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This photo clearly shows the twin flowers emerging from one stem.

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Blogs are a lot more fun for everyone, especially the writer, when readers leave comments.  Scroll down to the end of the page to the box where it says “Leave a Reply” and start typing—-it’s easy!

Carolyn

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Note: Every word that appears in orange on my blog is a link that you can click for more information. If you want to return to my blog’s homepage to access the sidebar information (catalogues, previous articles, etc.) or to subscribe to my blog, just click here.

Classic Snowdrops

Posted in bulbs for shade, snowdrops, winter interest with tags , , , , , , , , , , , , , , , , , , , on November 2, 2019 by Carolyn @ Carolyns Shade Gardens

The classic snowdrop ‘Atkinsii’ glowing on a sunny day in February at Carolyn’s Shade Gardens.

Our current snowdrop catalogue is on line here.

Highlighted in this post are five classic snowdrops that will be available in our 2020 Snowdrop Catalogue. These snowdrops are still treasured by snowdrop enthusiasts everywhere even though they are more than 100 years old, and they all embody what attracts me to snowdrops.

People often ask me why I love snowdrops.  There are many reasons.  Originally, it was their bloom time: who can resist a flower looking like ‘Atkinsii’ in the above photograph in early February, my least favorite time of year?

Nursery News:  Carolyn’s Shade Gardens is a retail nursery located in Bryn Mawr, PA, specializing in showy, colorful, and unusual plants for shade.  The only plants that we ship are snowdrops within the US.  For catalogues and announcements of local events, please send your full name, mailing address, and cell number to carolyn@carolynsshadegardens.com and indicate whether you are interested in snowdrops.  Click here to get to the home page of our website for catalogues and information about our nursery and to subscribe to our blog.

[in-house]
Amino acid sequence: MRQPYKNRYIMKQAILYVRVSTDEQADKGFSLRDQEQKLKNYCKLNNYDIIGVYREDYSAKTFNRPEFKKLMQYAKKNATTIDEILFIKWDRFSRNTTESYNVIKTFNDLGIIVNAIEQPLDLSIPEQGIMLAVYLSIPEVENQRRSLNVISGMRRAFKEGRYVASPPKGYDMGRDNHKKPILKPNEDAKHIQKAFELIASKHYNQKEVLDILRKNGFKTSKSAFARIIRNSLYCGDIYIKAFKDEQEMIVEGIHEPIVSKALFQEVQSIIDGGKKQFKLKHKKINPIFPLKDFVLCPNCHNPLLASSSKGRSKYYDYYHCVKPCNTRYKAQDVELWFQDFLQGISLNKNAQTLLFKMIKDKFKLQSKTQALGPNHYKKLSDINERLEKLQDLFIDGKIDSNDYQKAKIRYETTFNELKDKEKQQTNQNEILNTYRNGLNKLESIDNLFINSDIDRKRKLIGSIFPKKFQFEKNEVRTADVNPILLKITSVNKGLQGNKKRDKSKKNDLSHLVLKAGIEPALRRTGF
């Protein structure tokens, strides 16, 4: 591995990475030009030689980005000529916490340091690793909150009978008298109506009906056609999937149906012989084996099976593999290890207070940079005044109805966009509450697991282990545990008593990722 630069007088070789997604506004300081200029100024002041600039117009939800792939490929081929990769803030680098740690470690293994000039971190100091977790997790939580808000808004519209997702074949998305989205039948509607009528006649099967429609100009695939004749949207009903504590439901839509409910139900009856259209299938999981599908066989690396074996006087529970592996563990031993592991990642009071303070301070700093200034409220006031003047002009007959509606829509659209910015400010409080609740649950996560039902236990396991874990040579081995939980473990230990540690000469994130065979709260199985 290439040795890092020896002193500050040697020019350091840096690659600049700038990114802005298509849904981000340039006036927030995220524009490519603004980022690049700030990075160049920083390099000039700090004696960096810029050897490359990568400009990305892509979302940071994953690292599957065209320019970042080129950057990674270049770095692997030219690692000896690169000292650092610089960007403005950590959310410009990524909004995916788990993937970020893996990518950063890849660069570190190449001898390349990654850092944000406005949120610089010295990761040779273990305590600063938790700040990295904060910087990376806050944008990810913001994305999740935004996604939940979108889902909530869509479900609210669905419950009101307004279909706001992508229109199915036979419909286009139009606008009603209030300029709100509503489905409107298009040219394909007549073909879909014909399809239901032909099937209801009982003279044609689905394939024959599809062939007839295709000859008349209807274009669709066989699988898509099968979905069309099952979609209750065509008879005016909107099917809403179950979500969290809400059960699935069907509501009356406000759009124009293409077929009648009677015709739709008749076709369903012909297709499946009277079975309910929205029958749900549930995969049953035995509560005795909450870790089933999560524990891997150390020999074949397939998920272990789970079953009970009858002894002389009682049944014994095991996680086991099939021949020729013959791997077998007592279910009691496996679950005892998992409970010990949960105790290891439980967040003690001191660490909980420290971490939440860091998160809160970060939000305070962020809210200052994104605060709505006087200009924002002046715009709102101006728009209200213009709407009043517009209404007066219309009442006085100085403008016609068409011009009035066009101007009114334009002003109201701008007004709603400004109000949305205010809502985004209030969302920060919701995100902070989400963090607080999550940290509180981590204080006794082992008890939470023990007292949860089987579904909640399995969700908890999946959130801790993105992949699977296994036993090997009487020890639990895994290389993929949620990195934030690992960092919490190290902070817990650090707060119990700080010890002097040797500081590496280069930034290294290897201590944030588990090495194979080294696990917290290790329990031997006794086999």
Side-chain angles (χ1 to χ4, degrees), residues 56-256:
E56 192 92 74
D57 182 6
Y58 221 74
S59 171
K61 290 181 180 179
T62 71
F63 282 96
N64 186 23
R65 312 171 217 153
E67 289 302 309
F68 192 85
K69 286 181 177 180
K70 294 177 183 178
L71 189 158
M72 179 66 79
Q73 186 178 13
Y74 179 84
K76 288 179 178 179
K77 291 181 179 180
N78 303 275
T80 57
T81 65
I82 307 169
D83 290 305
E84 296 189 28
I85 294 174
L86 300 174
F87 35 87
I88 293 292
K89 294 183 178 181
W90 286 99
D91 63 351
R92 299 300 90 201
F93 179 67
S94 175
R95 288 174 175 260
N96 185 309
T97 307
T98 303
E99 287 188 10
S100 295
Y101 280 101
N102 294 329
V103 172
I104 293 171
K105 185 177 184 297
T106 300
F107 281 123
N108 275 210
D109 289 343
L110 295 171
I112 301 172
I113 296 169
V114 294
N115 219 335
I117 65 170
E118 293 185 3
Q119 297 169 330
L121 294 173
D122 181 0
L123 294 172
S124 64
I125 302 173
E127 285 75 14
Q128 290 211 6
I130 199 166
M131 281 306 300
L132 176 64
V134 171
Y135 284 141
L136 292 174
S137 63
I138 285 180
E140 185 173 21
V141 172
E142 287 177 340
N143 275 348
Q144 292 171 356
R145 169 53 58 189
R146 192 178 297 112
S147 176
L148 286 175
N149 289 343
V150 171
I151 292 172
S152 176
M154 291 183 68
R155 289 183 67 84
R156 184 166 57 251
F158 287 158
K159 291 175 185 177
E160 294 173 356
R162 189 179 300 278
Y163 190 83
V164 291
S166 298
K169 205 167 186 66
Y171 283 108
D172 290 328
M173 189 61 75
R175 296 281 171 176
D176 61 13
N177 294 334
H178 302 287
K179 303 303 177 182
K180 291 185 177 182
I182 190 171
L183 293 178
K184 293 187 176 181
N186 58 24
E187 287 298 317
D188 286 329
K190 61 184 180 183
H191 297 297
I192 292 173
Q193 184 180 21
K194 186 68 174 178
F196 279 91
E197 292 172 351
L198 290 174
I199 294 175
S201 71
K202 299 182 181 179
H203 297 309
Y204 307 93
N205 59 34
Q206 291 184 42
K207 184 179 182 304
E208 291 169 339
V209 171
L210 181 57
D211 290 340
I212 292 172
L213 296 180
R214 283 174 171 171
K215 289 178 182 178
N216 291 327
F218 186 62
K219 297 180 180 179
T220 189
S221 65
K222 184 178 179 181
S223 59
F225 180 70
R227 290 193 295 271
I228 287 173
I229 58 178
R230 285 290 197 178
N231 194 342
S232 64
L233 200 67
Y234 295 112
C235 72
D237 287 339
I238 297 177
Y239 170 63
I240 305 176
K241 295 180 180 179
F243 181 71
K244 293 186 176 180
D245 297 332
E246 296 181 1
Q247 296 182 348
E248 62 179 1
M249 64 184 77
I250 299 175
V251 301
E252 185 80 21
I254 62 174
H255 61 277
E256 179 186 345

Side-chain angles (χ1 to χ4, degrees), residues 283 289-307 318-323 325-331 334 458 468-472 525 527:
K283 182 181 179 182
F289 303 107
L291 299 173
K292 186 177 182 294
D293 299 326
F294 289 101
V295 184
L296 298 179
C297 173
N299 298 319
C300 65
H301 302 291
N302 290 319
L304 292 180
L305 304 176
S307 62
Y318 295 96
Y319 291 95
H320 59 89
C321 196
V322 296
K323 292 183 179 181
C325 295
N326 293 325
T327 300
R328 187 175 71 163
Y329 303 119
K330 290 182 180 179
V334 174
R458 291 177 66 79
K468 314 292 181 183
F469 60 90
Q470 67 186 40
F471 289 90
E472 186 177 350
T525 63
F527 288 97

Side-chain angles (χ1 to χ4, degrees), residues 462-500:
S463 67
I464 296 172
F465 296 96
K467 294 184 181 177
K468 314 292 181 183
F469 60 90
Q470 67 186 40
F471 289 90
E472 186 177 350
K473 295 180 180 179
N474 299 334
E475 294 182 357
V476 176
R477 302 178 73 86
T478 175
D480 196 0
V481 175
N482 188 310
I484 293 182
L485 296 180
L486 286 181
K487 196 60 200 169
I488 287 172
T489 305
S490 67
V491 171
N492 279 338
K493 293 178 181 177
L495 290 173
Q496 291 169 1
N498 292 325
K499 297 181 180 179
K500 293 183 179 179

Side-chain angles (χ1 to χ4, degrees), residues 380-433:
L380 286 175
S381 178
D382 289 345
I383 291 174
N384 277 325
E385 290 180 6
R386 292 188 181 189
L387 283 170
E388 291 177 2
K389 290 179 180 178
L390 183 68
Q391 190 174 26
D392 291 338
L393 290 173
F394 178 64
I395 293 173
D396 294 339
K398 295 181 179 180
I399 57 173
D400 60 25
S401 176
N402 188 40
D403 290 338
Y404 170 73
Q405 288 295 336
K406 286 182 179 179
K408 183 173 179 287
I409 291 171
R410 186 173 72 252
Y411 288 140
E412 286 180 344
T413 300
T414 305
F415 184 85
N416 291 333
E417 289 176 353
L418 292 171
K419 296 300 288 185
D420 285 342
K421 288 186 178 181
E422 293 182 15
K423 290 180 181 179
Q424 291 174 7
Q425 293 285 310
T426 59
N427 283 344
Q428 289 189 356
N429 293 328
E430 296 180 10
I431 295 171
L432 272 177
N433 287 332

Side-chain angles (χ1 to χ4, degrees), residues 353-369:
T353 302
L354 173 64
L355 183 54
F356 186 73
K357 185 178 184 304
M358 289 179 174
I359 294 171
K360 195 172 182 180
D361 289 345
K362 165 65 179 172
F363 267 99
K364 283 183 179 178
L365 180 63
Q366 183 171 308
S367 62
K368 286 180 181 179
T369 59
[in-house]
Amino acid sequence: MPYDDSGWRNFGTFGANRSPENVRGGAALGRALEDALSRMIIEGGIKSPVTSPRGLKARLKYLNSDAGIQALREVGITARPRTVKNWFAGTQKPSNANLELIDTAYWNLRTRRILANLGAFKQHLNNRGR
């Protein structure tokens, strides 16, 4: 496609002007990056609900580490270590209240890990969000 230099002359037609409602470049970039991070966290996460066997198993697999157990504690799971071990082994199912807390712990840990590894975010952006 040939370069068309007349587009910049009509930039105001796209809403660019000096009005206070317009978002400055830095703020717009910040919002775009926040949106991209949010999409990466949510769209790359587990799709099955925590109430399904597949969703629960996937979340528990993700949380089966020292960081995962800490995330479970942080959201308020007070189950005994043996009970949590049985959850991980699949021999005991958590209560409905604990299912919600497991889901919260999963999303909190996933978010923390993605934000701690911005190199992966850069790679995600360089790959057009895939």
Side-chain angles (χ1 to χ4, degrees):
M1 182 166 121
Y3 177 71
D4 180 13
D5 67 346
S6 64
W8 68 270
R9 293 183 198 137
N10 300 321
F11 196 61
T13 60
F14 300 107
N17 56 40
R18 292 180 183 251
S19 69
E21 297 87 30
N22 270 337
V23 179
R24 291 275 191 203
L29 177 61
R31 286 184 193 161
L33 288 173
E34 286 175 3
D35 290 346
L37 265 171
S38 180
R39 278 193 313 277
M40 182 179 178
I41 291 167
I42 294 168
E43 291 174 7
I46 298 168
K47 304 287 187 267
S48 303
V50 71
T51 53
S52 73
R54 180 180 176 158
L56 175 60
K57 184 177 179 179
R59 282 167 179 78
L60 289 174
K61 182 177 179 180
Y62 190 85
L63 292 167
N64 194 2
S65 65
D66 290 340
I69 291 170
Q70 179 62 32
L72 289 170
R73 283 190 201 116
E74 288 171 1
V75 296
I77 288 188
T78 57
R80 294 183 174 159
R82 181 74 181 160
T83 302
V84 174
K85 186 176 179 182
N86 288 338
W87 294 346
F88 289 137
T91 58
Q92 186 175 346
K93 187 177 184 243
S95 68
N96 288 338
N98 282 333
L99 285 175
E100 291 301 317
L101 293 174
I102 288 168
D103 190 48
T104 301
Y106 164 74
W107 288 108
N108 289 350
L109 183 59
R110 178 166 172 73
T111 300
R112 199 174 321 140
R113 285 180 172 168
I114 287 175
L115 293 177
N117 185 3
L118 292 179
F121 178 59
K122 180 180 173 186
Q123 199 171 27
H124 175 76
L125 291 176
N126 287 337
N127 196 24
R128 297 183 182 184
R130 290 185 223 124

Snowdrops are also quite beautiful and elegant, especially when they are tall and stately with large flowers like ‘Atkinsii’ and several of the other classic snowdrops shown below.

. Snowdrops describes ‘Atkinsii’ as having “elegant elongated flowers that suggest the drop-pearl earrings of Elizabeth I”—a true English classic.  The reference is to Snowdrops: A Monograph of Cultivated Galanthus by Matt Bishop, Aaron Davis, and John Grimshaw (Griffin Press 2006), which contains a lot of the information in this post.

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This photo illustrates the size difference between ‘Atkinsii’ in the back and the double common snowdrop in the front.

Third, snowdrops are also the most reliable winter-blooming plants in my garden and are very easy to grow.  And, among the many forms I grow, the tried-and-true classics multiply the fastest to form eye-catching swathes of blooms, which is what I am after.  I am not a collector who wants to have one of everything!  It would be impossible now anyway as experts estimate that there are over 2,500 snowdrop cultivars in existence.